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Spacecraft and Science Instruments


Aboard the deck of the Phoenix spacecraft are a suite of science instruments representing some of the most sophisticated and advanced technology ever sent to Mars. The following fact sheets provide details about the spacecraft and science instruments aboard Phoenix.

Spacecraft - built by Lockheed Martin
The Phoenix Mission inherits a highly capable spacecraft partially built for the Mars Surveyor Program 2001 (MSP'01) More


Robotic Arm (RA)-built by the Jet Propulsion Laboratory, Alliance Spacesystems and Honeybee Robotics
The RA is critical to the operations of the Phoenix lander and is designed to dig trenches, scoop up soil and water ice samples, and deliver these samples to the TEGA and MECA instruments for detailed chemical and geological analysis. More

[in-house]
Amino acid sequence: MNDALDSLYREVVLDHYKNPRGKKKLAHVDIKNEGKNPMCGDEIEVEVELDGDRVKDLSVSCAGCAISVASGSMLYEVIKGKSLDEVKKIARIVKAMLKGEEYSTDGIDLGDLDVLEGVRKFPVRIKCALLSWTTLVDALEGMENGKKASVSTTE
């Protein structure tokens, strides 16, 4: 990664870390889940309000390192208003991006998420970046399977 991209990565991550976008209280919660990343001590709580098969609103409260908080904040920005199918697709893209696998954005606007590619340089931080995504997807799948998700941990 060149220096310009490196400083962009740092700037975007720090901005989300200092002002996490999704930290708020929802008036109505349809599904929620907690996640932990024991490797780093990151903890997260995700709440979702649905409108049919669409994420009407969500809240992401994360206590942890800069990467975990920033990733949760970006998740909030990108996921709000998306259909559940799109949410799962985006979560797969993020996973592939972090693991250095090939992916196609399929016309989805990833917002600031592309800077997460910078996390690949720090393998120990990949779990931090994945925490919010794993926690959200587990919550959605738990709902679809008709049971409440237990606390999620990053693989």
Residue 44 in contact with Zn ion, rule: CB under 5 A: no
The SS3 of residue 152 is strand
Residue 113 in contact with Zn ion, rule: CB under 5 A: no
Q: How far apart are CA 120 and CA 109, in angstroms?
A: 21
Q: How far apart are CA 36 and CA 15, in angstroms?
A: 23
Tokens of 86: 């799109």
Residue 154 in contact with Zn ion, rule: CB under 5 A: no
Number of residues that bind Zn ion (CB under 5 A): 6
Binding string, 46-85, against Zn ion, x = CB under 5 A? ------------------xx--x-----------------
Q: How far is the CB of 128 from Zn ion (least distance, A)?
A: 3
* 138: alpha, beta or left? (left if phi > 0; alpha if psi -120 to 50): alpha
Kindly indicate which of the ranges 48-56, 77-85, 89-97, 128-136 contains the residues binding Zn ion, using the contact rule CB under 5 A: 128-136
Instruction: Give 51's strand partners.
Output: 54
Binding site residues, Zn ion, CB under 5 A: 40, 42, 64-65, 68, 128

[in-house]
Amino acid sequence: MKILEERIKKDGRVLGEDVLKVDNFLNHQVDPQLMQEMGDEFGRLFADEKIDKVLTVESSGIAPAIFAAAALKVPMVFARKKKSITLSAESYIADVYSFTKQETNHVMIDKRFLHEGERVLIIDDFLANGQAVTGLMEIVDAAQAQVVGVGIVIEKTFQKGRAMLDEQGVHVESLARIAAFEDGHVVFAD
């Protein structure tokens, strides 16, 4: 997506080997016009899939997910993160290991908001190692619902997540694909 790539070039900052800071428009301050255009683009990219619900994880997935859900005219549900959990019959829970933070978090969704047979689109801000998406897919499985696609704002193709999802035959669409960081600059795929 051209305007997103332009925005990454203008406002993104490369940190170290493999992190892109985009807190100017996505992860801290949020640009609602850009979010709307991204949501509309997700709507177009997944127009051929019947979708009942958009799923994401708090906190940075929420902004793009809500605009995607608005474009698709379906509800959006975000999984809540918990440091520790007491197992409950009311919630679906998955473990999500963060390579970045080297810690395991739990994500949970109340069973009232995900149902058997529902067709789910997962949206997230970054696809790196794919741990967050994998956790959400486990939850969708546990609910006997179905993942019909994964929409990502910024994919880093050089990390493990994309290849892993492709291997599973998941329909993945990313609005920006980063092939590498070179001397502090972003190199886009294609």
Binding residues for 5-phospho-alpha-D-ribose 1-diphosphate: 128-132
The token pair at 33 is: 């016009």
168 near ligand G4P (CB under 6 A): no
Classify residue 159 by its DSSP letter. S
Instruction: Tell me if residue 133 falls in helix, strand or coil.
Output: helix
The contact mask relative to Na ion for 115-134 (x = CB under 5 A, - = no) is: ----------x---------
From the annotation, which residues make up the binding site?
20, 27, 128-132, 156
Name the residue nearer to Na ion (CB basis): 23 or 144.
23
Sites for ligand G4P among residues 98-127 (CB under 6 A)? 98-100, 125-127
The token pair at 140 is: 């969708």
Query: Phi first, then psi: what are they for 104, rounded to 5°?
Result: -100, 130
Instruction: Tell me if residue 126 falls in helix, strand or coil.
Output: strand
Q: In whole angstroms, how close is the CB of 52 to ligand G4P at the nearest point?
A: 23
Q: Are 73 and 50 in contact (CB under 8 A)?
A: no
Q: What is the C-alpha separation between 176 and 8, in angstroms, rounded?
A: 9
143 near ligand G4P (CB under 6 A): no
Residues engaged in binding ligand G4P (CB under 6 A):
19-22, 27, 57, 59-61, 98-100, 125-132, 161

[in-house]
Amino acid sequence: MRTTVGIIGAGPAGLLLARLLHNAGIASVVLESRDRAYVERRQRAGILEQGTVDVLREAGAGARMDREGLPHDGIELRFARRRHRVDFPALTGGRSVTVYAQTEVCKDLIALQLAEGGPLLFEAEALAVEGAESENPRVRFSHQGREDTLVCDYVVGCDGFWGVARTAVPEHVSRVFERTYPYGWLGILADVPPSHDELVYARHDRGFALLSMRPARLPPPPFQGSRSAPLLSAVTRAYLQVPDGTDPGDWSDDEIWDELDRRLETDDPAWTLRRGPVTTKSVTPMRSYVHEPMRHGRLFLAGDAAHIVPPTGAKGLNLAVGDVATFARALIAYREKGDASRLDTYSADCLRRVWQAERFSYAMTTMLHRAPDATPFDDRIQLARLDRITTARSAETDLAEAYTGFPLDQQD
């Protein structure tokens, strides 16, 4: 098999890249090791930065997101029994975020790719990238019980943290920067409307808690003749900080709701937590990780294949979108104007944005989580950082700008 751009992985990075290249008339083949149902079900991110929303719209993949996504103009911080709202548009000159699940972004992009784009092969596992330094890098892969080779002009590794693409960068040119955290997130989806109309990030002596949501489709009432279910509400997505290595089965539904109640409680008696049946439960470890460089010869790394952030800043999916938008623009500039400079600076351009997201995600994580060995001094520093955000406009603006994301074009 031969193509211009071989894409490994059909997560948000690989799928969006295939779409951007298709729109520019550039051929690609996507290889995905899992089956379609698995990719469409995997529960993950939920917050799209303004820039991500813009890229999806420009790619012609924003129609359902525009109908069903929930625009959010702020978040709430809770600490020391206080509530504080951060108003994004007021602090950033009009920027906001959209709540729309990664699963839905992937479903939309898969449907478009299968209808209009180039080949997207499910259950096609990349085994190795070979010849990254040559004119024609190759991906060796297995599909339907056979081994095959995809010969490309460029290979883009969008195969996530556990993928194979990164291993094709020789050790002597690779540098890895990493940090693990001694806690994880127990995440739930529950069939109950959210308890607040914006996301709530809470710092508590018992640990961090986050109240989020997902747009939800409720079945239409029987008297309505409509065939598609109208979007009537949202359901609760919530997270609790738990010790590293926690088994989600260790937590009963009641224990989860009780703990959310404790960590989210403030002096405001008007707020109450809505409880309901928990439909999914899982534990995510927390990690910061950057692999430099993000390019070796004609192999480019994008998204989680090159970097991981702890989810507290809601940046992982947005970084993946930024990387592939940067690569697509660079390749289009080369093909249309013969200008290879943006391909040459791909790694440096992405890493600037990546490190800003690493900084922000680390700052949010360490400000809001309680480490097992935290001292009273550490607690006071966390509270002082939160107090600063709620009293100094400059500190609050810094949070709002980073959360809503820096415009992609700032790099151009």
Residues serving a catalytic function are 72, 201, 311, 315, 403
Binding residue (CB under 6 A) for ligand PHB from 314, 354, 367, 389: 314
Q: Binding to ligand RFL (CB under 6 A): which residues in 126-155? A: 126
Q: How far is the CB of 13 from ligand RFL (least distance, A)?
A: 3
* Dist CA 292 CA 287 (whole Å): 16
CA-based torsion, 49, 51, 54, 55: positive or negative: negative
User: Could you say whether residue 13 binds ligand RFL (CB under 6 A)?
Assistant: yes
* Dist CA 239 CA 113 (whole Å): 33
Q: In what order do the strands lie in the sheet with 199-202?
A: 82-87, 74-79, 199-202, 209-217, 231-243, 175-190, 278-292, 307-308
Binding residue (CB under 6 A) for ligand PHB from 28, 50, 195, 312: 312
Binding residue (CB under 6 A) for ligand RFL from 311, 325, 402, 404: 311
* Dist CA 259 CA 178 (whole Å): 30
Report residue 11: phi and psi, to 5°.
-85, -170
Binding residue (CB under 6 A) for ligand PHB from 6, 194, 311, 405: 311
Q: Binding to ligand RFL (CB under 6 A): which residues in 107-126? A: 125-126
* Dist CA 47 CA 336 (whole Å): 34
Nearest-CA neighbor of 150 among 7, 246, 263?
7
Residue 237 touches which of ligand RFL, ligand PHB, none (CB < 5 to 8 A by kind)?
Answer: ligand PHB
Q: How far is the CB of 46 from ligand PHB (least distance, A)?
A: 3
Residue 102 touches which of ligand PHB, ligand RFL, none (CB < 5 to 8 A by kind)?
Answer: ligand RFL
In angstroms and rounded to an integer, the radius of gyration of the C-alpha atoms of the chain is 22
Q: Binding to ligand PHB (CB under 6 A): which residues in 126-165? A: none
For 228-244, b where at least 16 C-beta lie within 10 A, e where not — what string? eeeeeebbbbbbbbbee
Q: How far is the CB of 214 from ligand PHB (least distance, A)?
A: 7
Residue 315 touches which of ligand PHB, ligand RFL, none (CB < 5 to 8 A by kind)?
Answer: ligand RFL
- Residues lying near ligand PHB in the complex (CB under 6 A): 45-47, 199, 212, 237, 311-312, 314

Microscopy, Electrochemistry, and Conductivity Analyzer (MECA)-built by the Jet Propulsion Laboratory
MECA is a combination of several scientific instruments including a wet chemistry laboratory, optical and atomic force microscopes, and a thermal and electrical conductivity probe. More

Additional information about the MECA Microscopy Sample Stage Configuration can be found here.

Robotic Arm Camera (RAC)-built by the University of Arizona and Max Planck Institute, Germany
The RAC is attached to the Robotic Arm (RA) just above the scoop. More

Surface Stereo Imager (SSI)-built by the University of Arizona
SSI will serve as Phoenix's "eyes" for the mission, providing high-resolution, stereoscopic, panoramic images of the martian arctic. More

Thermal and Evolved Gas Analyzer (TEGA)-built by the University of Arizona and University of Texas, Dallas
TEGA is a combination high-temperature furnace and mass spectrometer instrument that scientists will use to analyze martian ice and soil samples. More

Mars Descent Imager (MARDI)-built by Malin Space Science Systems
MARDI plays a key science role during Phoenix's descent to the martian arctic. More

Meteorological Station (MET)-built by the Canadian Space Agency
Throughout the course of Phoenix surface operations, MET will record the daily weather of the martian northern plains. More

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